Never miss a connection again: Satellite antenna promises to keep commuters online for the whole train journey and end patchy coverage
- Trains connect to the internet via the masts of regular telephone networks
- However, these can be scarce in both rural areas and alongside railway routes
- Satellite-based communications could provide a far more reliable connection
- Scottish experts have developed a flat satellite antenna suitable for use on trains
A prototype satellite antenna has been developed that promises to keep commuters online throughout train journeys — and avoid frustrating disconnections.
WiFi facilities on trains typically connect to regular telephone networks via mobile masts — but these can provide patchy coverage along railway lines.
Satellite connections could provide a more reliable connection on the move.
However, conventional satellite communications dishes are large, heavy and far from aerodynamic — making them unsuitable for mounting onto trains.
Researchers from Scotland have instead developed a flat panel antenna that could easily be added to rolling stock to provide seamless connectivity for passengers.
The research team — who are spinning out in a start-up called Infinect — will be conducting field trials of their antenna later this year with a major rail operator.
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A prototype satellite antenna has been developed that promises to keep commuters online throughout train journeys — and avoid frustrating disconnections, pictured
According to a survey by price comparison website uSwitch, over two-thirds of passengers in the UK find themselves unable to connect to train WiFi.
‘Poor connectivity on journeys is one of the leading frustrations of passengers globally,’ said Samuel Rotenberg, the engineer at the Heriot-Watt University in Edinburgh who helped to develop the antenna design.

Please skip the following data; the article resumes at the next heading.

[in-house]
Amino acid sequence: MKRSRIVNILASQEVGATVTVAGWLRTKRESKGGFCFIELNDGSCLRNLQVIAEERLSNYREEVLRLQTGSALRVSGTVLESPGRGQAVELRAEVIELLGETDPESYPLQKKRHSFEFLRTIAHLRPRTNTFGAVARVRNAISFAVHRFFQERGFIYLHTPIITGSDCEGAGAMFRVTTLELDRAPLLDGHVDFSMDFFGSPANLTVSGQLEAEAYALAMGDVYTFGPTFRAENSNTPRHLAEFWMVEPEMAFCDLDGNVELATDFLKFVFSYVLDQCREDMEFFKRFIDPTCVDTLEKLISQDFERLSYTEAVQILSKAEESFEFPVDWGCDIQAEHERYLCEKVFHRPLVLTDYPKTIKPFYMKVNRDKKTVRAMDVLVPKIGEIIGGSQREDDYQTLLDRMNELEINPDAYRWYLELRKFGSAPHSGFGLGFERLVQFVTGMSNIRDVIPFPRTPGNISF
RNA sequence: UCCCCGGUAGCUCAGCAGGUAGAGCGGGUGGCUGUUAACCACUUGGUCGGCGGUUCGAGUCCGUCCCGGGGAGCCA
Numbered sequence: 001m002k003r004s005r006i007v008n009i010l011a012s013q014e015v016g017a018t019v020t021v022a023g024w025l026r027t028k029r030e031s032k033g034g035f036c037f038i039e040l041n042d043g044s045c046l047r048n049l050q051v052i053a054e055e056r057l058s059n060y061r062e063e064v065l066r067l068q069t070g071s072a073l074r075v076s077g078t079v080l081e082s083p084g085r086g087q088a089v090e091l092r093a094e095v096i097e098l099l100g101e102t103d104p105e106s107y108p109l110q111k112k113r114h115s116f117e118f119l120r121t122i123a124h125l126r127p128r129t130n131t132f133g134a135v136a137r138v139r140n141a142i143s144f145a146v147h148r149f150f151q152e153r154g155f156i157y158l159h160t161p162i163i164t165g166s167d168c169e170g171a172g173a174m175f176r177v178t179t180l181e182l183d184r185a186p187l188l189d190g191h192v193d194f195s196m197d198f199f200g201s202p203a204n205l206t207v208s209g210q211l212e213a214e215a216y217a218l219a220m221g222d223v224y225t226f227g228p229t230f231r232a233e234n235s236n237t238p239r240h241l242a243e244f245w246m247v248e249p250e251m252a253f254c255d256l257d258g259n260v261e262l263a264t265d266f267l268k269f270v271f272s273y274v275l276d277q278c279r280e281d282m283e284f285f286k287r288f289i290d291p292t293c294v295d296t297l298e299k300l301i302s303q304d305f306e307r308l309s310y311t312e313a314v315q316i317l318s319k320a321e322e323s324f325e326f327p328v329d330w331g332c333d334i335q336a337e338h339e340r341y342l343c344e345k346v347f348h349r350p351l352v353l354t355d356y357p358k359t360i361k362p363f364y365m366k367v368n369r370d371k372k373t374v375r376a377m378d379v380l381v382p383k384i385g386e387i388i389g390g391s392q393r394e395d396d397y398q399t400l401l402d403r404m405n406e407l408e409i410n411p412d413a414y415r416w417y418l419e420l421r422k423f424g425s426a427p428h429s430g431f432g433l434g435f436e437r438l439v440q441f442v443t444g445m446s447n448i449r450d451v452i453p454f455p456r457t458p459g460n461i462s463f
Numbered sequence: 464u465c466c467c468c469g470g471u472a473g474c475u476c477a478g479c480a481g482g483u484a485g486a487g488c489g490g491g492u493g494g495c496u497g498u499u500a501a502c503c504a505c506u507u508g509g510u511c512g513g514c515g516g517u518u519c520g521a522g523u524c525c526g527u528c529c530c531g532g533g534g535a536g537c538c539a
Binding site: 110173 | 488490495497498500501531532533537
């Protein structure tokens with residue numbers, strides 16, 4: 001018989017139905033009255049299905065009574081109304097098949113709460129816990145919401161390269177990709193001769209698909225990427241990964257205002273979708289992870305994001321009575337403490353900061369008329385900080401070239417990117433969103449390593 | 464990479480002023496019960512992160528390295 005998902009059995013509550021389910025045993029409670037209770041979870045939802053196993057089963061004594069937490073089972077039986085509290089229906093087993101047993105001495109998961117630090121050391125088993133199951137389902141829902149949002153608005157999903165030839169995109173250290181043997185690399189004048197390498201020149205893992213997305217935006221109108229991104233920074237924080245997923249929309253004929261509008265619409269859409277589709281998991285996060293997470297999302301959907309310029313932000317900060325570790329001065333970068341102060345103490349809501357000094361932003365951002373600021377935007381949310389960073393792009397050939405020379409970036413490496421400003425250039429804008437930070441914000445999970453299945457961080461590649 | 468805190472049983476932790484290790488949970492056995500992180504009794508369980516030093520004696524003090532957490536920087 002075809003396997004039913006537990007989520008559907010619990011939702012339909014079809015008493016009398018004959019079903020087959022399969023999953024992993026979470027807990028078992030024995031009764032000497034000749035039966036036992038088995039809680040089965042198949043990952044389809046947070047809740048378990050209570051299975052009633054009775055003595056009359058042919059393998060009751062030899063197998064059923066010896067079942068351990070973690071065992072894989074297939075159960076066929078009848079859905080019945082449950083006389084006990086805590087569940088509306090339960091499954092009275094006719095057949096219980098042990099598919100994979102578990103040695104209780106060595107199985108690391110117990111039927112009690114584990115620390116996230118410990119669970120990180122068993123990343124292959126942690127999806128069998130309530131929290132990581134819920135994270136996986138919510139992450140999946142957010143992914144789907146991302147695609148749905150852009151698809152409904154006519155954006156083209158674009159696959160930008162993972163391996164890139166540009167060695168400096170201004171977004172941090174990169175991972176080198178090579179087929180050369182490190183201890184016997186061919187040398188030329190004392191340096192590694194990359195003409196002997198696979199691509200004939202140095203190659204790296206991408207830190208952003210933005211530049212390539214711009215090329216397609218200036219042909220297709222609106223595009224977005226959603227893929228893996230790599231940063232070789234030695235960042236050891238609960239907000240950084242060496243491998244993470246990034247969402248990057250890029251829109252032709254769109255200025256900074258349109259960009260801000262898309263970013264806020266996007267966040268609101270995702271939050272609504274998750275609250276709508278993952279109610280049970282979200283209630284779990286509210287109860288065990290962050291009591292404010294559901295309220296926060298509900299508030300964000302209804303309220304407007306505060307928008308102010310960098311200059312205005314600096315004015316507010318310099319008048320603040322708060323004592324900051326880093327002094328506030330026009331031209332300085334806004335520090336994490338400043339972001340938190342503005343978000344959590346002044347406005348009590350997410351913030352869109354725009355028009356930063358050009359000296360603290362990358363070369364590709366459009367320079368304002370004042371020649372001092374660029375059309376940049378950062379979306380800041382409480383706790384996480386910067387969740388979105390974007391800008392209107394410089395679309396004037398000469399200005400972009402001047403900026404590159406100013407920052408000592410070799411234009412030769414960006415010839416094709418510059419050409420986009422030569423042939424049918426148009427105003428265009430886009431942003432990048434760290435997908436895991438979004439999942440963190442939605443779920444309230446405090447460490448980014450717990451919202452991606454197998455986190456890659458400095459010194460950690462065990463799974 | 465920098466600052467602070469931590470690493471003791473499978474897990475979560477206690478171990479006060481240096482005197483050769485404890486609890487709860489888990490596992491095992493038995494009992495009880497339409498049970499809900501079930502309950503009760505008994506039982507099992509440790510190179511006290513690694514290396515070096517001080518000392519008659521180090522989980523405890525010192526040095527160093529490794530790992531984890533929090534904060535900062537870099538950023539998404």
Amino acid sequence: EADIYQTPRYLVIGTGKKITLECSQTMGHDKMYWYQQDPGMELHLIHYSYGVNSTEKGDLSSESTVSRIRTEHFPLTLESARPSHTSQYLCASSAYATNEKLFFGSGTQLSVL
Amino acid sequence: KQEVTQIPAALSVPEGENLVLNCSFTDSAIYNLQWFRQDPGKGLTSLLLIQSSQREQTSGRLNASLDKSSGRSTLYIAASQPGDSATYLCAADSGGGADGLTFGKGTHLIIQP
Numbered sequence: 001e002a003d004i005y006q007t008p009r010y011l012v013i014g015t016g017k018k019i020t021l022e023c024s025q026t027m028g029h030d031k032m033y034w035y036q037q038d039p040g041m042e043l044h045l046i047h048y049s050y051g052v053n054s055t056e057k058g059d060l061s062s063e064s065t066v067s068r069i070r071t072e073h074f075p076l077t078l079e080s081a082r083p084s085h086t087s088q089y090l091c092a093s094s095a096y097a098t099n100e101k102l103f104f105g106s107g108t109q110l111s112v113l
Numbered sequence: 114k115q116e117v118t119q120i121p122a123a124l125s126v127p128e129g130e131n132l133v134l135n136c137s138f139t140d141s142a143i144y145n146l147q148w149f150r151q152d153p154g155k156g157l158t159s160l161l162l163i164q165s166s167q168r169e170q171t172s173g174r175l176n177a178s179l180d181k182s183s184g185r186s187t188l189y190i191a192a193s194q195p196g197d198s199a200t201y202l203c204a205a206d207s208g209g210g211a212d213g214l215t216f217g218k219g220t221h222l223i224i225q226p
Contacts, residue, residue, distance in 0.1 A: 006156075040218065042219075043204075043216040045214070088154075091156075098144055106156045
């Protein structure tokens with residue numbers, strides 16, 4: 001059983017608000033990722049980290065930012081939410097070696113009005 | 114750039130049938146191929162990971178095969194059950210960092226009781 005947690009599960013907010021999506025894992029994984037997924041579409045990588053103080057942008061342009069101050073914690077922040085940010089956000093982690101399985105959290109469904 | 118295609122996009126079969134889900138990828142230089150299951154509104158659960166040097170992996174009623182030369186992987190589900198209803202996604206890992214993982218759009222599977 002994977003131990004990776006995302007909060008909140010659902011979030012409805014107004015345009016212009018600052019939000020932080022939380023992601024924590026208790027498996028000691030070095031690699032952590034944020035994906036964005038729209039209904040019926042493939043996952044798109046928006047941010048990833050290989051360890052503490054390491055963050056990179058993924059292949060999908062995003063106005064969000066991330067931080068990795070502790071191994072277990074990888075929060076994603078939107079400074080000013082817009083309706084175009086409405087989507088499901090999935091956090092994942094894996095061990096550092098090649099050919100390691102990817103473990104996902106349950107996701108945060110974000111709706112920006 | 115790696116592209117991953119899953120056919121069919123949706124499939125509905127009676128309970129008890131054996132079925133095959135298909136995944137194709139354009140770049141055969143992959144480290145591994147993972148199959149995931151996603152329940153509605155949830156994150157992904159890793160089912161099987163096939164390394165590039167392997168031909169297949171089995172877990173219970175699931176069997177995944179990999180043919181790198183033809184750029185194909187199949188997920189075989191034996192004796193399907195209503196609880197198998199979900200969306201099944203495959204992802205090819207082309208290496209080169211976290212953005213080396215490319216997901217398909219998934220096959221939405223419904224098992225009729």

‘Today’s users are used to fibre-optic superfast broadband, with 4G connectivity seen as the minimum standard.’
‘Yet, on the move, our connectivity is patchy and continually interrupted.’
‘Cities provide continuous connectivity using a large network of antennas. However, there are fewer placed in rural areas, especially along railway tracks, which results in the signal being lost.’
‘However, extending the ground network to improve access in rural area is expensive and unreliable for transportation.’
‘Antennas for satellite communication are, in the main, large, heavy, bulky and dish shaped so aren’t aerodynamic and are impractical for high-speed trains to carry.’
WiFi facilities on trains typically connect to regular telephone networks via mobile masts — but these can provide patchy coverage along railway lines
‘Our research has developed a flat panel antenna which will communicate with satellites throughout a journey, without loss of connectivity,’ Mr Rotenberg added.
‘It’s fairly lightweight, at a fraction of the cost of existing solutions and will provide global coverage.’
‘Its design specifications mean it could also be adapted for the Internet of Things, and planes as they fly in the middle of the ocean.’
Mr Rotenberg added that using satellites means connectivity is ‘seamless’ for all passengers, regardless of the number trying to connect at once.
The research team — who are spinning out in a start-up called Infinect — will be conducting field trials of their antenna later this year with a major rail operator
‘The UK is a market leader in digital communications and this technology will open up new, high-growth markets for satellite communications,’ said lead researcher George Goussetis, also of the Heriot-Watt University.
‘Our technology also has the dual benefit of improving the security of transport vehicles, [and] providing a continuous real-time stream of data — so, in the event of any unforeseen problems, the connectivity will help support the on-board team.’
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